MANCHESTER, N.H. — He's still plotting an aggressive campaign schedule across several states, but Herman Cain also has begun to outline a possible exit strategy from the race for the Republican presidential nomination.
The former business executive, facing a woman's allegation of a 13-year extramarital affair, says a heavy emotional toll on his family — particularly his wife, Gloria, whom he has not seen since the charge surfaced — could force him to call it quits. The shift comes as a growing chorus of would-be allies suggests he is no longer a viable presidential contender and Cain himself says fundraising has suffered.
Cain, a top-tier candidate just weeks ago, says he'll decide in the next "few days" whether to abandon his White House bid, but not before he meets with his wife.
"Since I've been campaigning all week, I haven't had an opportunity to sit down with her and walk through this with my wife and my family. I will do that when I get back home on Friday," Cain told reporters gathered at his New Hampshire campaign headquarters Wednesday night. "I am not going to make a decision until after we talk face to face."
Cain said he had spoken to his wife only by phone since Monday, the day an Atlanta television station reported the woman's accusation. Since then, aides have crafted a packed campaign schedule with stops in Ohio, New Hampshire, Tennessee, South Carolina and Georgia and prepared to launch a fresh round of TV ads in Iowa.
Cain was to sit down Thursday afternoon with the New Hampshire Union Leader, an influential conservative voice in the first-in-the-nation primary state. This evening the former pizza executive is scheduled to deliver a business-focused speech at Middle Tennessee State University.
"There were some people who thought that I was finished," Cain said Wednesday night. "But I'm going to leave it with Yogi Berra's comment: 'It ain't over till it's over.' And it ain't over yet."
Many Republican operatives believe Cain's bid is over whether he pulls the plug or not.
"I don't see how they walk away from the damage that's been done and emerge as a viable primary candidate," said Rick Wilson, a longtime GOP consultant based in Florida. "All these things about Herman Cain keep coming out drip, drip, drip, and they're not handling it well. And now conservative Republicans have another place to go: Newt Gingrich."
Dan McLagan, a veteran GOP strategist based in Atlanta, said Cain "is like a zombie at this point: He's dead but he does not appear to have noticed and has kept on walking."
"His support is all moving to Gingrich and, at some point, he's going to look back and see that he is grand marshal of a one-man parade," McLagan said.
Gingrich has been the beneficiary — in polls, at least — of Cain's slide in the month since it was disclosed that the National Restaurant Association paid settlements to two women who claimed Cain sexually harassed them while he was its president. A third woman told The Associated Press that Cain made inappropriate sexual advances but that she didn't file a complaint. A fourth woman also stepped forward to accuse Cain of groping her in a car in 1997.
Cain has denied wrongdoing in all cases.
Atlanta-area businesswoman Ginger White, 46, said her affair with Cain ended this year before he became a White House candidate. In an interview with an Atlanta TV station, she displayed records showing repeated cell phone calls and text messages with Cain.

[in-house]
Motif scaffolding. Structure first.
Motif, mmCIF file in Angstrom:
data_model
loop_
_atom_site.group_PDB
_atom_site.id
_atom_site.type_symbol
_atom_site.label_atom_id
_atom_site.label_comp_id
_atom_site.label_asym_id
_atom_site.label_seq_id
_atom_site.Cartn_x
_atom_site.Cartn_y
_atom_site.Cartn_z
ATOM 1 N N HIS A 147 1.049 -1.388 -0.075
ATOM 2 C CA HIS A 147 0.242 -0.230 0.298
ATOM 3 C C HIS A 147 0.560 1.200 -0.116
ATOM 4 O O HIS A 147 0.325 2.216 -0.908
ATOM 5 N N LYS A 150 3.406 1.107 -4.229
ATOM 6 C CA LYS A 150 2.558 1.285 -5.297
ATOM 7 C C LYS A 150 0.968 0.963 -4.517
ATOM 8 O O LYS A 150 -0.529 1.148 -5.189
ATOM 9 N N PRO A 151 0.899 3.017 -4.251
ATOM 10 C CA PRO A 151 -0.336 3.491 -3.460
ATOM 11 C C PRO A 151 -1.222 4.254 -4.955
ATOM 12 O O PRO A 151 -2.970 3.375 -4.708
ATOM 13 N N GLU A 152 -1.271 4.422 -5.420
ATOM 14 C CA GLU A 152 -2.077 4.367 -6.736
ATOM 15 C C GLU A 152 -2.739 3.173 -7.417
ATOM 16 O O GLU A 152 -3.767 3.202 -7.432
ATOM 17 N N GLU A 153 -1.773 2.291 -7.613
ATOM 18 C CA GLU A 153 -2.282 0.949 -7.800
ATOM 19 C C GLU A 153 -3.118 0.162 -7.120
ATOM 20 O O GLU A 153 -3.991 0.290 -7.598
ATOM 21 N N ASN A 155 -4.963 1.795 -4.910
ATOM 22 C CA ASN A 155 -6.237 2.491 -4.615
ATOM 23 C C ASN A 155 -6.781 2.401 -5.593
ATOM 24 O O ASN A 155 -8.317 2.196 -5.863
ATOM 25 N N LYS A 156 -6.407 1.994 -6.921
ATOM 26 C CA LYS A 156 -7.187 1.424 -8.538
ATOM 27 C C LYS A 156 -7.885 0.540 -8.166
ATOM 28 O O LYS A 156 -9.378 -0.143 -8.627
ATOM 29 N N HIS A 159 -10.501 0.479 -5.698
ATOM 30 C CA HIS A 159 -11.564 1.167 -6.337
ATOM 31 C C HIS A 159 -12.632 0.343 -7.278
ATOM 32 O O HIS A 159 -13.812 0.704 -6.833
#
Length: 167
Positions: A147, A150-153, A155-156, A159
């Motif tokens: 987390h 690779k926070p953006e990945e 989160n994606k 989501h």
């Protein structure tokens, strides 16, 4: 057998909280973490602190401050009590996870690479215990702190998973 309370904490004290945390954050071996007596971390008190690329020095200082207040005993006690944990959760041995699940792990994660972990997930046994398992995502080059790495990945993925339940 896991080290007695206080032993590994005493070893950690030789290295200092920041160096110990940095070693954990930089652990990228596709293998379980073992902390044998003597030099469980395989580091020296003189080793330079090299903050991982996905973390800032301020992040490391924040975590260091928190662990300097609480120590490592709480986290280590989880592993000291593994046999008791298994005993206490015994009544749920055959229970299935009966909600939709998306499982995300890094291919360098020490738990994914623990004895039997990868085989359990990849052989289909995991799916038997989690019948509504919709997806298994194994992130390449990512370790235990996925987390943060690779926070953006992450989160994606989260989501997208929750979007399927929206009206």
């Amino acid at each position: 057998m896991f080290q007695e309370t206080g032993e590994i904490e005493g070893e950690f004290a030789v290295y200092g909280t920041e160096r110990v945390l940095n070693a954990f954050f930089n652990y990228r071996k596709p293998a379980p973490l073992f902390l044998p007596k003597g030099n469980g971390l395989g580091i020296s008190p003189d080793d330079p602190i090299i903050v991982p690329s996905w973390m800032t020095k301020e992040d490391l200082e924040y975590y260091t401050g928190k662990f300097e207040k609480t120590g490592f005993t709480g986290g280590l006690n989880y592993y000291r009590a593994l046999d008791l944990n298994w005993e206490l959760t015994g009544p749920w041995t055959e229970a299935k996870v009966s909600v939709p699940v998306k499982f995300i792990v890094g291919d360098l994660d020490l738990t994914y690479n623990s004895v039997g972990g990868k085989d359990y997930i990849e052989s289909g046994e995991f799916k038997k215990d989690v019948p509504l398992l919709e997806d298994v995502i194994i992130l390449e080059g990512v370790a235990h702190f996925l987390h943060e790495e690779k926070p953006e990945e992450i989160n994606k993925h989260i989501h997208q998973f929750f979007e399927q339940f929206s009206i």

Cain has denied any such affair, and in a letter addressed to "patriots and supporters" called her allegations "completely false" and labeled her "troubled." Cain's attorney, Lin Wood, has sent a letter to White's attorney requesting those cell phone records among other documents so Cain and his team can analyze their authenticity and content.
"It's very disappointing that he would call me troubled and, you know, it's unfortunate," White said Wednesday on ABC's "Good Morning America."
White's attorney, Edward Buckley, said Thursday that his client was trying to obtain additional cell phone records. He has not yet responded to the letter from Wood.
Senior Cain aides huddled privately Wednesday to map out a strategy to get past the allegations. He has told his top supporters that his campaign must determine whether he will have the financial and grassroots support to move ahead.
"The day that this latest one hit, fundraising went way down," Cain told reporters in New Hampshire. "As the week has gone on and this woman who has made these accusations has basically started to contradict herself, our fundraising has started to go back up. It's not up to the level where it was, but a lot of people are saying, you know what, they don't believe it."
In New Hampshire and at other campaign stops this week, he renewed what has become a familiar defense: that he is the victim of attacks by liberals and the establishment, who are threatened by his outsider appeal.
"They want you to believe that with another character assassination on me that I will drop out," a defiant Cain told a crowd of about 200 Wednesday in Dayton, Ohio. Some responded with shouts of "No!" and "Boo!"
In Iowa, Cain's state chairman, Steve Grubbs, said he was preparing a busy December schedule beginning with a Dec. 10 debate in Des Moines. And Grubbs said Cain, who has not aired any campaign ads in Iowa since last week, will resume advertising Friday with a new spot that asserts that electing Cain would put a veteran chief executive in the White House, not a politician.
"His campaign is strong enough to survive the allegations," said Michael Farren, 31, an Ohio State University doctoral student in economics, from Pataskala, Ohio.
Associated Press writers Shannon McCaffrey and Ray Henry in Atlanta, Ann Sanner in Columbus, Ohio, Tom Beaumont in Des Moines, Iowa, and Kasie Hunt in New York contributed to this report.